Great Color Themes: Color Slot Functions

Almost every slot in a color theme has a PowerPoint function, a job that it fulfills for the program. If you don’t know what these are, you’ll place the wrong color in the slot and get a result that looks weird in the program interface. Needless to say, this doesn’t help your professional cred with your client.

Here’s the Color Theme editing dialog as seen in PowerPoint 2016 for Mac. In Office for Mac, you can only create color themes in PowerPoint. In Windows versions, you can create them in any Office program, though there is a good reason why you should still use PowerPoint.

Color Theme Editor

The following advice covers standard presentations that have a light background and dark text. If you’re going for the mysterious Mafioso look with a dark background, then reverse the following instructions putting text colors into the light slots and backgrounds into the dark ones. Oddly enough, when PowerPoint imports a theme exported from Word for Excel, it will default to the Mafioso look. This is the good reason why you should always export theme files from PowerPoint, where your choices for background and text are explicit and that information is preserved in the theme.

The first 4 colors are for text and backgrounds. Although all 4 are called Text/Background, that just to accommodate the occasionally light text on a dark ground, as mentioned in the previous paragraph. In reality, Dark 1 is the main text color. If you have black text in the deck, leave this set at black. You should only change this if you have no black text (Please dont’t tell me you’re doing that trendy look of black text that’s dark grey and makes it look like your printer ran out of toner. Eww.)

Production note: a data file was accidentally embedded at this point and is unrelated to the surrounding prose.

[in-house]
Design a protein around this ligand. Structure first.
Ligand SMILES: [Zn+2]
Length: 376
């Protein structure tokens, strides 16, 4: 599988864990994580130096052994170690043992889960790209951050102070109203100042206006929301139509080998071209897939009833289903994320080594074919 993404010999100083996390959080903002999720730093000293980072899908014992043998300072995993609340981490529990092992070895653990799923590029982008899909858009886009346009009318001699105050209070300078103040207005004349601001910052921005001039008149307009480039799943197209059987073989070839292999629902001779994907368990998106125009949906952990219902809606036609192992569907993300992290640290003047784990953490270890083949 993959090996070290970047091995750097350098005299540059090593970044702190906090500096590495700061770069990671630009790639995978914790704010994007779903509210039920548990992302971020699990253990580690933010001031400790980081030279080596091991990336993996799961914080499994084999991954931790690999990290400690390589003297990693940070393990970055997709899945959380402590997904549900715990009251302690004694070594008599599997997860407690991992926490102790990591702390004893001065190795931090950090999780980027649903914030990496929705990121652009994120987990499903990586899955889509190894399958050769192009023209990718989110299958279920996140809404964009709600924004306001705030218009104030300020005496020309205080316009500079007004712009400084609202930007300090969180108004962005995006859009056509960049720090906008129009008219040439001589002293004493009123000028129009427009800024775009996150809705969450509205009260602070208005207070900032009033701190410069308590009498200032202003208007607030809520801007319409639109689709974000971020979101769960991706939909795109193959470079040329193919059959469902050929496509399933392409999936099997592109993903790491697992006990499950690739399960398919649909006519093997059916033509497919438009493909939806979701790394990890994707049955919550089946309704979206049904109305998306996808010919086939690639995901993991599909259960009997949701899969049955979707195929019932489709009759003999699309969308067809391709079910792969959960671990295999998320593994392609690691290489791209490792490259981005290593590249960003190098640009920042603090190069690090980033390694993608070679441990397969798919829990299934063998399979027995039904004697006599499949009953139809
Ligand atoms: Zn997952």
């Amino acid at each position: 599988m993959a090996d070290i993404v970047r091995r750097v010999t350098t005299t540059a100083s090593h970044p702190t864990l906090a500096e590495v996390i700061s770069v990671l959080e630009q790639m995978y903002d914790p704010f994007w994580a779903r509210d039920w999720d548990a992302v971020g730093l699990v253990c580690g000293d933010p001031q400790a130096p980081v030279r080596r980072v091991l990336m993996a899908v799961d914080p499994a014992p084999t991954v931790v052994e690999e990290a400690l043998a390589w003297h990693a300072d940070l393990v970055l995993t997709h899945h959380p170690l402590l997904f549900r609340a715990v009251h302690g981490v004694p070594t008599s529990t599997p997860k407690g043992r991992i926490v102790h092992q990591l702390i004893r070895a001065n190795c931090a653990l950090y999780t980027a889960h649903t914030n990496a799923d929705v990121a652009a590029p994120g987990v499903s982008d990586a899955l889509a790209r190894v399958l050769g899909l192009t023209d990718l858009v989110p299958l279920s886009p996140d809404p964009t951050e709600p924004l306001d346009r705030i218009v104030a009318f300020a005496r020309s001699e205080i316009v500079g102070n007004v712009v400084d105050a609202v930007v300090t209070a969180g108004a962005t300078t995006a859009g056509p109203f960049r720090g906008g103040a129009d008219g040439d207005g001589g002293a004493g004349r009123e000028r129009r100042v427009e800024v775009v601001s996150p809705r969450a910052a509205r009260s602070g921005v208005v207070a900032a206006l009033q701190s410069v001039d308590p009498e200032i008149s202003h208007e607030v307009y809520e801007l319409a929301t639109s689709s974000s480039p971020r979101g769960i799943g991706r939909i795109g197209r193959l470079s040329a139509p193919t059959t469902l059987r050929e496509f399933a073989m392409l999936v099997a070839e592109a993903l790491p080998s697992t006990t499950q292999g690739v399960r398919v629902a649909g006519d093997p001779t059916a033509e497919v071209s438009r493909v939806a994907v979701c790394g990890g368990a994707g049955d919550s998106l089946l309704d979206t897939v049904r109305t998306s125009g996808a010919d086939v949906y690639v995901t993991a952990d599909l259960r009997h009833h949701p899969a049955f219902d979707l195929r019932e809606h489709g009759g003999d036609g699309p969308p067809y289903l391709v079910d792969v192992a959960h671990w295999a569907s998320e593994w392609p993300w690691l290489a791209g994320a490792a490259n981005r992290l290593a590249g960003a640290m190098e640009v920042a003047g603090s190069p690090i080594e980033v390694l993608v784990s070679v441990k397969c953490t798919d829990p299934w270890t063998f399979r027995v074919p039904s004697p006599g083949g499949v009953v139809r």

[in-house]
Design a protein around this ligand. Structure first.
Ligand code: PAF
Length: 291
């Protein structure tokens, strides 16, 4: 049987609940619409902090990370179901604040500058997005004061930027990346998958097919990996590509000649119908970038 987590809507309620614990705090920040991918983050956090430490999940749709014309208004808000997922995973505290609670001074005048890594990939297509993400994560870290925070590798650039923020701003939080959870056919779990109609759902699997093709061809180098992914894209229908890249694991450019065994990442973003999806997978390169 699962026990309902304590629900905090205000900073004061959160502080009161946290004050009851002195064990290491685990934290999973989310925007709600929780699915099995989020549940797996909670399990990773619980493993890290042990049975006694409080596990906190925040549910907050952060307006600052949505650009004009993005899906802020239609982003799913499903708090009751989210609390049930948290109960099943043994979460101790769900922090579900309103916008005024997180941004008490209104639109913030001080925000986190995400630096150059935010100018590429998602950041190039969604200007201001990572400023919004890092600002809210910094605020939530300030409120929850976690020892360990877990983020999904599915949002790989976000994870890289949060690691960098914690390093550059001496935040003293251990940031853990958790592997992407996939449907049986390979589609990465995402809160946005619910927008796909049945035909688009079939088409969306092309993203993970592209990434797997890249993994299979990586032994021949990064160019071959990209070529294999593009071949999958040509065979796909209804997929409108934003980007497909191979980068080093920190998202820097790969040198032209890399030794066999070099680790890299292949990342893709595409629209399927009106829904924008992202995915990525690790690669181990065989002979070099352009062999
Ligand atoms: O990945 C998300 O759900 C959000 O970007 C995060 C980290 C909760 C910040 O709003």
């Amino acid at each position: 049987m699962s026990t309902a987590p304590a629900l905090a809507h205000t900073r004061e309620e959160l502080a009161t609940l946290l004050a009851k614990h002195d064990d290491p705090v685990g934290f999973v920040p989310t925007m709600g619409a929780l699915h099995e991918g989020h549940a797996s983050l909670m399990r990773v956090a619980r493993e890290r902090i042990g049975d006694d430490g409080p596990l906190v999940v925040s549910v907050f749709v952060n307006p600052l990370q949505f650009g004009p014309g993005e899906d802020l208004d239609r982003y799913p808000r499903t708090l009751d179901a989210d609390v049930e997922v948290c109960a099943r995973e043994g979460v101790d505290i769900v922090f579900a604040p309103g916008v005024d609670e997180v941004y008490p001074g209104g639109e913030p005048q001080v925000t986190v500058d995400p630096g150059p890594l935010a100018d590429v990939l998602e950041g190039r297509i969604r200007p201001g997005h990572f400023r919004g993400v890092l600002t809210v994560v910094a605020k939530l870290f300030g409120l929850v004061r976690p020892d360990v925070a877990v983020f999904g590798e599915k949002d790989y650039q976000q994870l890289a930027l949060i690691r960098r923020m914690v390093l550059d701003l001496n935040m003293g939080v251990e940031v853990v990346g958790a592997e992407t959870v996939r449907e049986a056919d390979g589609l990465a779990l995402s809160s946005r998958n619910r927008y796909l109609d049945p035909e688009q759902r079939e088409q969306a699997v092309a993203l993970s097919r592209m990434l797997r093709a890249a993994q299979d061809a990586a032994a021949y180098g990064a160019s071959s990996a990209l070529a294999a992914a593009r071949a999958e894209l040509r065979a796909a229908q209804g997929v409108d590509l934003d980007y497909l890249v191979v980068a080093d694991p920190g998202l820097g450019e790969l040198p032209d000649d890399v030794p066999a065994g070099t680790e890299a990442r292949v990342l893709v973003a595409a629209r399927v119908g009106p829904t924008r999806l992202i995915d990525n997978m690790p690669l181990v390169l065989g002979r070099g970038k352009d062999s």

You may have a secondary text color for headings. That must go in the Dark 2 slot. Not in Light 1! Not in Light 2! All text colors go in the dark slots!

Light 1 is for background colors. Most of the time, this is white, so leave Light 1 set at white. If the design calls for a different background color than white, set it here.

Light 2 is the only slot in the theme that doesn’t have a secondary job. You can make this slot any color! It doesn’t matter! Woo-hoo! Let’s hold off, this is a good spot for an extra color that doesn’t fit elsewhere.